Yes, what is special about him is that in his archeological life he had the opportunity to explore other places and then make comparisons that could serve as a check and, as it were, created a network. The obsession to say I’ll dig up the Homeric site of Troy and then look for the places from which the Greeks came, namely at Mycenae, Tiryns and Orchomenus, gave him the chance to compare the finds. This led to a tremendous advance in knowledge. In Tiryns he understands the connection between findings and finds by stating that a wall cannot be older than the oldest shards surrounding it. The find material dates the layer or the building findings. This is the first new finding. And the second lies in his following reflection: I have to relate the shards that I find in Mycenae to those in Troy and if I find the same type of pottery in both places, then the building phases that belong to them are of the same age .

In doing so, he developed an instrument for relative chronology. I can’t do that with one place alone, I’m poking around in the fog. With the Mycenaean pottery, he can identify the stratum in Troy that chronologically matches Mycenae. This is also the key to finally understanding that the layer, which he initially took to be evidence of the Trojan War and which he also found in what he also called the Treasure of Priam, was much older than the Mycenaean epoch.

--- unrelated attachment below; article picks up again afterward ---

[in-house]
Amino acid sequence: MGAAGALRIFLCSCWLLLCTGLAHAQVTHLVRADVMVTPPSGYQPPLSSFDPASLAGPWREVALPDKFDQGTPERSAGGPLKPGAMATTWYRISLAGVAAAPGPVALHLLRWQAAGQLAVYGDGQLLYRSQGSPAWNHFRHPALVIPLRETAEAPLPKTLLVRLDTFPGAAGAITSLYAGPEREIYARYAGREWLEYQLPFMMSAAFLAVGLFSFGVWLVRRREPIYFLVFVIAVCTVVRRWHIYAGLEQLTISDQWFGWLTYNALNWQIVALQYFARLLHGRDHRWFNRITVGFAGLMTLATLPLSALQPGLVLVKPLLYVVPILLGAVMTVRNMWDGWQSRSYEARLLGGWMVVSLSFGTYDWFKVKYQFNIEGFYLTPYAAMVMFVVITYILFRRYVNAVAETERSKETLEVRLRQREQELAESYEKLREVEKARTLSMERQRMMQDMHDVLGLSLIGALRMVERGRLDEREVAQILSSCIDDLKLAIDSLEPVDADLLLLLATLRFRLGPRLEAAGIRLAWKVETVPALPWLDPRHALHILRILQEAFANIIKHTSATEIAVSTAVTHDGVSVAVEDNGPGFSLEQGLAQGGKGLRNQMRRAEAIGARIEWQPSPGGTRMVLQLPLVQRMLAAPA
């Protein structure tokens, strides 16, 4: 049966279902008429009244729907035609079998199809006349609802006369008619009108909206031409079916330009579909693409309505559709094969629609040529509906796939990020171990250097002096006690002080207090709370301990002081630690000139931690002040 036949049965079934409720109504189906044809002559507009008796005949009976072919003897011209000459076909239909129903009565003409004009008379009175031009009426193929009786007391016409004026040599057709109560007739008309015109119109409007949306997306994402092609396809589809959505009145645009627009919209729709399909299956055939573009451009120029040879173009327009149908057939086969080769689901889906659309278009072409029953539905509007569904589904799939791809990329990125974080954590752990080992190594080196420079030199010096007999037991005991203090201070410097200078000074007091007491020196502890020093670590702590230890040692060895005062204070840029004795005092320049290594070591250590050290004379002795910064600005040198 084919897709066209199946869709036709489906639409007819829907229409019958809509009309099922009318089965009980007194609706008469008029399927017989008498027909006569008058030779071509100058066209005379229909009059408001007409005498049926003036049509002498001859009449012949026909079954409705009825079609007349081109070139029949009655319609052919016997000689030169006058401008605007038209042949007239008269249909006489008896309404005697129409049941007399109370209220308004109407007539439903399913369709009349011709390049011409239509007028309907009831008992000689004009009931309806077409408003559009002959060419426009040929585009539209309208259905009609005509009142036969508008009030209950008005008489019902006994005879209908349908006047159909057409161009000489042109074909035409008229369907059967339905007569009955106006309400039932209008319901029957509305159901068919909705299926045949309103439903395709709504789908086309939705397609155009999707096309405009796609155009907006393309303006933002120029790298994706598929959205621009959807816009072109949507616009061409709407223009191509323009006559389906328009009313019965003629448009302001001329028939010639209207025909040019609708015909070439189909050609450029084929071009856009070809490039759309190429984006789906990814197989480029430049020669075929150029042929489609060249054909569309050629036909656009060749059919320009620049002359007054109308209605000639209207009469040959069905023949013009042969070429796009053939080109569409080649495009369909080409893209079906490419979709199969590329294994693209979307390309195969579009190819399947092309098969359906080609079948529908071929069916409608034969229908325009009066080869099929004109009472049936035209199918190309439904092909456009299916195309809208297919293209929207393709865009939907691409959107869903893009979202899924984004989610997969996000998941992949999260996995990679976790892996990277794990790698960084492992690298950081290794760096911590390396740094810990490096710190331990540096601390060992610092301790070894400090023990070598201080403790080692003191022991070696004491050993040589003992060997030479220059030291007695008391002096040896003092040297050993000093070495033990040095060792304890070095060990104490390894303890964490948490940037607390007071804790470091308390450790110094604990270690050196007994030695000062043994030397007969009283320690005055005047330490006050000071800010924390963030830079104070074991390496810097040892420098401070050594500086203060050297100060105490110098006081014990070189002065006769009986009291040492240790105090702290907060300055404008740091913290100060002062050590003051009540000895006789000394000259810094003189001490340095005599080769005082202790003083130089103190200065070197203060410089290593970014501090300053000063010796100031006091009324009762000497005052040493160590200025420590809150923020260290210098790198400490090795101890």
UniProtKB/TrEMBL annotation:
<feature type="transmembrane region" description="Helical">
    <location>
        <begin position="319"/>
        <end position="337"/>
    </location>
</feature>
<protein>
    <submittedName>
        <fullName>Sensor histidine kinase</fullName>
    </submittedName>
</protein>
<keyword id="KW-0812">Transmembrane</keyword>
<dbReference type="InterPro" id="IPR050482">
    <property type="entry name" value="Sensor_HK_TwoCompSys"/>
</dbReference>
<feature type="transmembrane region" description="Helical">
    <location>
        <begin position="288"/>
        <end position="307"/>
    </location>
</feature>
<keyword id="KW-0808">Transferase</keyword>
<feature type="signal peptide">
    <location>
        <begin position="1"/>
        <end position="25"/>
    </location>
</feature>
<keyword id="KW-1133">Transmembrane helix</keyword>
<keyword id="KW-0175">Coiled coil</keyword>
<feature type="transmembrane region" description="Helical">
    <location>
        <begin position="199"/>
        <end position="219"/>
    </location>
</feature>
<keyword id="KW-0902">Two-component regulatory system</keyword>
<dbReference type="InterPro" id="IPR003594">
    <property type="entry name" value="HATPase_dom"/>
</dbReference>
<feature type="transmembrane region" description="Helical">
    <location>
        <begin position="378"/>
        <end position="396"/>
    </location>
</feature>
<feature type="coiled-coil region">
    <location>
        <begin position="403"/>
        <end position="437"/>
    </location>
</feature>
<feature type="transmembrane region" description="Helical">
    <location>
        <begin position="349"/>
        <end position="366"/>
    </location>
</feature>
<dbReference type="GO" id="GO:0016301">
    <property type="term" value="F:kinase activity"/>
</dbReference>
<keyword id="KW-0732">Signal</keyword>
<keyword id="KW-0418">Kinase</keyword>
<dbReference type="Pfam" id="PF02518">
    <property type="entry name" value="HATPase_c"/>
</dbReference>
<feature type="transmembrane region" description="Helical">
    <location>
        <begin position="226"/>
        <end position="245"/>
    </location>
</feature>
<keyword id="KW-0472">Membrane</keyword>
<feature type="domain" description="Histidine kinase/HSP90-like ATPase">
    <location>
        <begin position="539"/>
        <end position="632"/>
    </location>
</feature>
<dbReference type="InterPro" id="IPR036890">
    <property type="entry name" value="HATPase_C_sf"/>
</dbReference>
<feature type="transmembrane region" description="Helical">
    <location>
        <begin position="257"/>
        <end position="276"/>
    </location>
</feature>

This is the decisive difference between Schliemann and the classical archaeologists. This is the reason for the widespread rejection that Schliemann is currently experiencing in the German professors’ fraternity. These are not prehistorians, they are all classical archaeologists. They talk about the architectural design of temples, the stylistic knowledge behind them and the works of art that are displayed there. In principle, this is architectural and art-historical research aimed at clarifying the great epoch of Greek art as the origin of all culture. But Schliemann wants something completely different. It has a thoroughly cultural-historical question. He wants to know how people lived, which contacts existed, which exchanges. That is why he is so meticulous in the description of ceramics in his very extensive publications on his excavations, so intensively trying to interpret such inconspicuous objects as spindle whorls, to interpret the signs on them, because he believes that this is a key to understanding this culture receive. That’s a whole different way of thinking.